But if Nelson is understating FDA's concerns, intentionally or not, then Levadex's approval is not "de-risked." That puts MAP Pharma's current stock price at great peril.
One way to assess credibility is by looking back at the truthfulness of previous statements made by management. When it comes to the Special Protocol Assessment for the pivotal Levadex clinical trial, MAP Pharma execs have offered contradictory and misleading statements to investors.
As far back as January 2008, MAP Pharma executives were saying FDA had agreed to an SPA for the Levadex clinical trials. The company continued to claim a Levadex SPA through March 2010. After that, however, the SPA claim disappears, replaced with this tortured, attorney-crafted spin job plopped into the company's regulatory filings:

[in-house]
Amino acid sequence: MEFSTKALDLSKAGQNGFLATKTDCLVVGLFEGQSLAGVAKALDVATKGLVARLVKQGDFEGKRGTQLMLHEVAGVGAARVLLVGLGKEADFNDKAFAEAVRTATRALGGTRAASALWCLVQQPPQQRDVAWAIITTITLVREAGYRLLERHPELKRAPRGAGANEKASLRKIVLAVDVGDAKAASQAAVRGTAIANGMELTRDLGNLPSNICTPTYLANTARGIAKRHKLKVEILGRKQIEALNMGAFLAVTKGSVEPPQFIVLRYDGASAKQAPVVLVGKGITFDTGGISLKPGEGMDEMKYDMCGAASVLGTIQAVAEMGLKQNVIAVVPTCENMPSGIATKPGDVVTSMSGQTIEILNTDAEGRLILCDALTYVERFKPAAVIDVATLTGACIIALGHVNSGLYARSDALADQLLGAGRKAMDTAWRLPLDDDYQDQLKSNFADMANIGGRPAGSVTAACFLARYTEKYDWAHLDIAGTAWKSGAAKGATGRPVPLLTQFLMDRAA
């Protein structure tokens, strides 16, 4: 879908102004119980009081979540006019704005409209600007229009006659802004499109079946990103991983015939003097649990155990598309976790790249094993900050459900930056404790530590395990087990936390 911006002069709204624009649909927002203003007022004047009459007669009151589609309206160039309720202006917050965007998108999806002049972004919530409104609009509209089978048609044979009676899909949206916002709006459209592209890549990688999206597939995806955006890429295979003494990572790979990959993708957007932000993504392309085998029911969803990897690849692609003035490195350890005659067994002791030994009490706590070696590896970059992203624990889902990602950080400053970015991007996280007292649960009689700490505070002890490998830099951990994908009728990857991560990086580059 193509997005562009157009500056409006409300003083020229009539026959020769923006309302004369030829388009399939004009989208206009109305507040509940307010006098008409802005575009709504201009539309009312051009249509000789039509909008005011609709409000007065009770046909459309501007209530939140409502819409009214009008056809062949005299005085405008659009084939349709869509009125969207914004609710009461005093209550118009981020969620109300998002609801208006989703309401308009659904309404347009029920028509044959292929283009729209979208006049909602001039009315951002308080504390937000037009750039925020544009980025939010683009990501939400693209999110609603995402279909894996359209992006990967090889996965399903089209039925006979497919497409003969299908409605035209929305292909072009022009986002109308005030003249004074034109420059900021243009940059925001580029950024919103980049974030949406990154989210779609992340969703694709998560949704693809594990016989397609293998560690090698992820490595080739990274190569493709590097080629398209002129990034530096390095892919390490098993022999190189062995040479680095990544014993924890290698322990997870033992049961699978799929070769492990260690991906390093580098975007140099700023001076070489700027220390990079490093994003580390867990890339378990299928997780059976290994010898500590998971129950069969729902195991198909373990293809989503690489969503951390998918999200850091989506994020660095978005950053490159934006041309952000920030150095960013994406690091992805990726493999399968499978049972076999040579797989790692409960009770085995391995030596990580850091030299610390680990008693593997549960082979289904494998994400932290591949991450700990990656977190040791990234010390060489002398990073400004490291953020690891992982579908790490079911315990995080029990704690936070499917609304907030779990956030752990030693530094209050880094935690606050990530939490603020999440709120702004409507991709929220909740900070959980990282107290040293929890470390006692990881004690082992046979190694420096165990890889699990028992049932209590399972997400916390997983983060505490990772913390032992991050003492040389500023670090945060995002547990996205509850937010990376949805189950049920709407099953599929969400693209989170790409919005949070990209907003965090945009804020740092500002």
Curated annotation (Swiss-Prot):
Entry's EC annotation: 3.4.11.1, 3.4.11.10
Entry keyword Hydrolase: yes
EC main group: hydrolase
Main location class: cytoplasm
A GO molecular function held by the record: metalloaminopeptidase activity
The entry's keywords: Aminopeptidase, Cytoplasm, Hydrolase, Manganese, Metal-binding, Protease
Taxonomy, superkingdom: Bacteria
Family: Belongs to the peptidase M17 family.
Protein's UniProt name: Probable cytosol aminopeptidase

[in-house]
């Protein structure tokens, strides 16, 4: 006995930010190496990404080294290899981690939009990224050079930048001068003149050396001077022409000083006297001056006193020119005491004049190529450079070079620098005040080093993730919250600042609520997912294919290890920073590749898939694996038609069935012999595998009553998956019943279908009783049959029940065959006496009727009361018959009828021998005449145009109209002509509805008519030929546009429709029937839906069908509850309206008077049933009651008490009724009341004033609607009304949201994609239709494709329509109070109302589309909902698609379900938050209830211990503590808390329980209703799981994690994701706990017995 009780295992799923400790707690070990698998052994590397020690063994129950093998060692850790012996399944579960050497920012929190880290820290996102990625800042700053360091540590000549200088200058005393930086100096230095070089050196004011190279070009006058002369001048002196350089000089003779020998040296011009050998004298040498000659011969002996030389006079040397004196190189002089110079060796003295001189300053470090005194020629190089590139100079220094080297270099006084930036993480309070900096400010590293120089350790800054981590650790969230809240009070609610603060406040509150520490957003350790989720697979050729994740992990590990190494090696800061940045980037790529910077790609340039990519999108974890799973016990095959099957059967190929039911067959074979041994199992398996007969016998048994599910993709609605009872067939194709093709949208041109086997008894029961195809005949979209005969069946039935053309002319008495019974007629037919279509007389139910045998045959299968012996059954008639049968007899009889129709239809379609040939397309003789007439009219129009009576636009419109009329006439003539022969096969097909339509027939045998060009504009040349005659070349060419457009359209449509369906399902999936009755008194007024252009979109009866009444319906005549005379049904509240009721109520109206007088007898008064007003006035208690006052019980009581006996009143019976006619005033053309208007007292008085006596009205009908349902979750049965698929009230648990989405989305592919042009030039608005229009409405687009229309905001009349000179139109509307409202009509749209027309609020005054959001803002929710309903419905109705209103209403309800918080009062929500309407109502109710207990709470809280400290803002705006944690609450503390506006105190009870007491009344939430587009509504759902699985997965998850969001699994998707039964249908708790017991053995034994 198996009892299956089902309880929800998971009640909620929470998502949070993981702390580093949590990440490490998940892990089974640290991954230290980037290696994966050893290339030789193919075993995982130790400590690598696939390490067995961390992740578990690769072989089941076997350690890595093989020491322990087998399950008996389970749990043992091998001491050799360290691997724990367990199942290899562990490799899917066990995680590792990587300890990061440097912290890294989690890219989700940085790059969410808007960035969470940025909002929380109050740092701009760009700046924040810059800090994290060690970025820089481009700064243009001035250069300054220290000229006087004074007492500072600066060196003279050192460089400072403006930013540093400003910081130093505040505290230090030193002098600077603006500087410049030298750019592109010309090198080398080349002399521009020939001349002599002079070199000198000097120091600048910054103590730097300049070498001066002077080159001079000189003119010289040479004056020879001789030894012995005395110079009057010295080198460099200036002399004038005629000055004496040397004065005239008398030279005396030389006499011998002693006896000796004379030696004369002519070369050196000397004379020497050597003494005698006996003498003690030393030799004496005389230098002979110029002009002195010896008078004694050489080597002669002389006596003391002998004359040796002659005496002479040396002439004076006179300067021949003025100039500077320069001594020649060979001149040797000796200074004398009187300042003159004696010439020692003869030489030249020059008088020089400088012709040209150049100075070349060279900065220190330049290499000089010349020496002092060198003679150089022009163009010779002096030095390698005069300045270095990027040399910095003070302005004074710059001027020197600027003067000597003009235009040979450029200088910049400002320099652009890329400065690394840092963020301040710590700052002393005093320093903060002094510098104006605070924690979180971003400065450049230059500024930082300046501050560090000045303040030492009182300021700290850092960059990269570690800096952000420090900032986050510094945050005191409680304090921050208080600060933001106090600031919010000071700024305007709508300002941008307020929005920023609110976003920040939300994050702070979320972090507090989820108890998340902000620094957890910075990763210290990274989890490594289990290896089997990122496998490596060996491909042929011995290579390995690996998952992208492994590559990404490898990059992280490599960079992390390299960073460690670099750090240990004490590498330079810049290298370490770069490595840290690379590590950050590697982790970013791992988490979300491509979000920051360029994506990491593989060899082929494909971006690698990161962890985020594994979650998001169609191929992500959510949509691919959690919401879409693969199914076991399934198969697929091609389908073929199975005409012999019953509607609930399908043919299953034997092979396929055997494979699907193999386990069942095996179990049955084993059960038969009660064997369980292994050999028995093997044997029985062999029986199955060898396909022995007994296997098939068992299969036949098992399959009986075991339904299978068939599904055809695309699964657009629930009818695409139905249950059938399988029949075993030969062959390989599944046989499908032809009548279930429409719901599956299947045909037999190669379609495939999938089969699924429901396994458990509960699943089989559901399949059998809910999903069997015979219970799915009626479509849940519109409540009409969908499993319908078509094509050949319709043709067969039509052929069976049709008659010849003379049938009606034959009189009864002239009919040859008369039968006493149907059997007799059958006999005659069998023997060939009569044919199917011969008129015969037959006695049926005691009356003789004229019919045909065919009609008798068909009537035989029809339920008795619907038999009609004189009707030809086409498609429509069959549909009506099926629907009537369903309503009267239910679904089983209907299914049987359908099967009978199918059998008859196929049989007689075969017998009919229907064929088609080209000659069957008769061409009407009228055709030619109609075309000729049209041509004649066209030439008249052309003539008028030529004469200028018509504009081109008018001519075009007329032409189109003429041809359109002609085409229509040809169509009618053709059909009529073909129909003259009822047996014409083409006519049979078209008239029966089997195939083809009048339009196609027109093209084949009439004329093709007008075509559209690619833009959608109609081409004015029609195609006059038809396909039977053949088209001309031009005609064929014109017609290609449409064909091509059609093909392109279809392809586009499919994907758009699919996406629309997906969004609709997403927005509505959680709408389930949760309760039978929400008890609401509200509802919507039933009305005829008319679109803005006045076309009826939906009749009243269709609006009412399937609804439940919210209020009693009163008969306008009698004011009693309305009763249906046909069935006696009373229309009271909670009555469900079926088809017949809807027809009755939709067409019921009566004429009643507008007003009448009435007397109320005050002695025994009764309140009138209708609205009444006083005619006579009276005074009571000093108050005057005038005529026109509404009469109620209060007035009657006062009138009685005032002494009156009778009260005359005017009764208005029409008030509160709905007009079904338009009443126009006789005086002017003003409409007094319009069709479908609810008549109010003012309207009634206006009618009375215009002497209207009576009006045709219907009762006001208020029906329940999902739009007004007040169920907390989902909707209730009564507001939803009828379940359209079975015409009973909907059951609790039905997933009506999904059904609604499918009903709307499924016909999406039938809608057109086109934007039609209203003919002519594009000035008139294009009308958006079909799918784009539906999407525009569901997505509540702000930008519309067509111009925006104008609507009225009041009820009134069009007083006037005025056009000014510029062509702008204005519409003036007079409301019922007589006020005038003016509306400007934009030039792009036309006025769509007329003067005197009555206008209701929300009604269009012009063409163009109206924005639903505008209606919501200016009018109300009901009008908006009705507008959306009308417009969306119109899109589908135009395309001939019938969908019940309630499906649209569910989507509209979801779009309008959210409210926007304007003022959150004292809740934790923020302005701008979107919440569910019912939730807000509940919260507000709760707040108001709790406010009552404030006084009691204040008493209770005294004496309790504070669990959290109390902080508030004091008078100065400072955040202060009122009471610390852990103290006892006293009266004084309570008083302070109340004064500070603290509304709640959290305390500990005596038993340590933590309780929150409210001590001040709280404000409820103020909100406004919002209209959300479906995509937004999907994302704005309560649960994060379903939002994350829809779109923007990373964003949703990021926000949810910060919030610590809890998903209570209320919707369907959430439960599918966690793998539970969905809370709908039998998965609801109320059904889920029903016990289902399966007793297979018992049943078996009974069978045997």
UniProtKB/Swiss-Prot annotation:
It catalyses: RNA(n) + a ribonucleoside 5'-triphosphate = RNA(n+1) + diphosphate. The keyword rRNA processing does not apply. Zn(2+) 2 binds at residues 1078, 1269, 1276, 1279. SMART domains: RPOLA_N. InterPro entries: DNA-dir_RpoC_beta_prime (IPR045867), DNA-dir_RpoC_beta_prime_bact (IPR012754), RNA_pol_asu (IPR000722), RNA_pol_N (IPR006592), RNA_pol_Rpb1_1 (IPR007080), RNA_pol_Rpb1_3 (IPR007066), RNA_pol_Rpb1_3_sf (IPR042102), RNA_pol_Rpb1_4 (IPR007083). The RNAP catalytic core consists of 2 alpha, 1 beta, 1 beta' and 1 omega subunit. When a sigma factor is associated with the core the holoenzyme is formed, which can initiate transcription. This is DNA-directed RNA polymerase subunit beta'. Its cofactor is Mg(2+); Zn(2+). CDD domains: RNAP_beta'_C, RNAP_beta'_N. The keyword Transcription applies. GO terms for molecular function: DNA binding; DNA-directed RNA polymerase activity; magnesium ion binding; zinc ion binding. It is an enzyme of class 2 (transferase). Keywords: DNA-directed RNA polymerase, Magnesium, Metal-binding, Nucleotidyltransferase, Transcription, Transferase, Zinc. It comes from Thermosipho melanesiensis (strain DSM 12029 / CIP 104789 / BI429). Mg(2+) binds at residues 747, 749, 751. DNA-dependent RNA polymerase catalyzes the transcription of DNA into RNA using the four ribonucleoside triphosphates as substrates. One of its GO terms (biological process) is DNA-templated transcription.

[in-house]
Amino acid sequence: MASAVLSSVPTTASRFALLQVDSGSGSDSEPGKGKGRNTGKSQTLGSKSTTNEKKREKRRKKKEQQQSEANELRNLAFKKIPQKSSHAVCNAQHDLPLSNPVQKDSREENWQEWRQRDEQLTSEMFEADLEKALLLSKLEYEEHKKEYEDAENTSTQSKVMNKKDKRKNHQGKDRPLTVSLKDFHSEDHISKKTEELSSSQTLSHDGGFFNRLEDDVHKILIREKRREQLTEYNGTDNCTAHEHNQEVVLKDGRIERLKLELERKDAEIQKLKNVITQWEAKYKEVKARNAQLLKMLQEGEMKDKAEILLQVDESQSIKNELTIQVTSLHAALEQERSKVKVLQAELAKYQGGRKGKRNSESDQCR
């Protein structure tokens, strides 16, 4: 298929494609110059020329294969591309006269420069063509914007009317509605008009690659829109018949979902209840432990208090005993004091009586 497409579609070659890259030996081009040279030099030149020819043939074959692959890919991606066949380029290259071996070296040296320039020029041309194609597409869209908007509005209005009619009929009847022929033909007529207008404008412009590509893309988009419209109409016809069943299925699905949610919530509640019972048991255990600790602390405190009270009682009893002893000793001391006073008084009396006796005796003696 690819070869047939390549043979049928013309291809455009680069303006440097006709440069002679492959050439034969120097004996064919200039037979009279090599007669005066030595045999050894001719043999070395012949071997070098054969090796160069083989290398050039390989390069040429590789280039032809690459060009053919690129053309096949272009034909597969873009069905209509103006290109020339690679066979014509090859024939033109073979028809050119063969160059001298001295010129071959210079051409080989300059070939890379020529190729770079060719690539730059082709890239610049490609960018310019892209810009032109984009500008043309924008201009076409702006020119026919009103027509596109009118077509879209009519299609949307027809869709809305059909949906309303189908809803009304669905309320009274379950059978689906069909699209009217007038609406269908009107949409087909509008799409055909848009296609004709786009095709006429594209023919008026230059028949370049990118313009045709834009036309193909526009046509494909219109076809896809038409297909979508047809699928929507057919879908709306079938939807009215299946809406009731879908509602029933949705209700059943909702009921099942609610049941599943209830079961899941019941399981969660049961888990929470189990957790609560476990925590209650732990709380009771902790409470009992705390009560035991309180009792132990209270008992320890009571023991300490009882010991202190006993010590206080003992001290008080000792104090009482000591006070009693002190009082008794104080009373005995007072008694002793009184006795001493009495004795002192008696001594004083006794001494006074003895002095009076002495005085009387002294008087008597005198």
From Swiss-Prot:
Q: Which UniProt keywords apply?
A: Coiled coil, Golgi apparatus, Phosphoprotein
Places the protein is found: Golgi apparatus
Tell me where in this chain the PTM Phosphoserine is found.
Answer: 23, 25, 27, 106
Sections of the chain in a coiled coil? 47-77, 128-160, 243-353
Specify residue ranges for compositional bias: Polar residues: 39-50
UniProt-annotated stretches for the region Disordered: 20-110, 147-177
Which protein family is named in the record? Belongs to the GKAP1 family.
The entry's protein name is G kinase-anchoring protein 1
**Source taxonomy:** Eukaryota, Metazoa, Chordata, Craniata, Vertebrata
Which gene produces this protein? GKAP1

"FDA communicated its agreement with the design, execution, and analyses for our pivotal Phase 3 trial, which we submitted to the FDA under the Special Protocol Assessment, or SPA, process and modified as suggested by FDA… In March 2010, we held a pre-NDA meeting with the FDA to discuss the clinical portion of our anticipated NDA filing. The FDA's minutes of that meeting state that, while the FDA did not have a record of a formal SPA, the FDA concurred with the selection of our coprimary endpoints and confirmed that a second pivotal efficacy study was not necessary if topline efficacy results were confirmed during the NDA review. We believe that our prior written correspondence and interactions with the FDA under the SPA process constitute an SPA with the agency. The FDA may take a different view and could request additional safety and efficacy studies without having to identify a substantial scientific issue with our Phase 3 trial that is essential to determining the safety and efficacy of LEVADEX."Given an opportunity on Tuesday's conference call to explain these confusing, contradictory statements about the Levadex SPA, MAP Pharma executives chose instead to dissemble further. Another example of MAP Pharma execs unwilling or unable to go off-script: when hedge fund manager Kevin Tang asked Nelson to disclose the number of pages in the FDA's complete response letter.